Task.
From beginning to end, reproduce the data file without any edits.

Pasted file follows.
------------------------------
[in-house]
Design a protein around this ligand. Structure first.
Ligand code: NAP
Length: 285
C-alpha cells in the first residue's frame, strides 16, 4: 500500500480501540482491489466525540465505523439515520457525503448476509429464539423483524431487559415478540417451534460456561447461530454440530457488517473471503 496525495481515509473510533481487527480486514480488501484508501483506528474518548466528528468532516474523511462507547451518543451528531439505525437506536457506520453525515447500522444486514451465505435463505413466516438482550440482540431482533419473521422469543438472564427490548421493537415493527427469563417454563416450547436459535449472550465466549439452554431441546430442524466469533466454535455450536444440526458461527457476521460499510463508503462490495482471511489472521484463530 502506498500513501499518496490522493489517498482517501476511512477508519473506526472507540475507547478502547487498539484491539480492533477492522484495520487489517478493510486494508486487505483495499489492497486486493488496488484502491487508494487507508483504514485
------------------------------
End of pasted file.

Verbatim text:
[in-house]
Design a protein around this ligand. Structure first.
Ligand code: NAP
Length: 285
C-alpha cells in the first residue's frame, strides 16, 4: 500500500480501540482491489466525540465505523439515520457525503448476509429464539423483524431487559415478540417451534460456561447461530454440530457488517473471503 496525495481515509473510533481487527480486514480488501484508501483506528474518548466528528468532516474523511462507547451518543451528531439505525437506536457506520453525515447500522444486514451465505435463505413466516438482550440482540431482533419473521422469543438472564427490548421493537415493527427469563417454563416450547436459535449472550465466549439452554431441546430442524466469533466454535455450536444440526458461527457476521460499510463508503462490495482471511489472521484463530 502506498500513501499518496490522493489517498482517501476511512477508519473506526472507540475507547478502547487498539484491539480492533477492522484495520487489517478493510486494508486487505483495499489492497486486493488496488484502491487508494487507508483504514485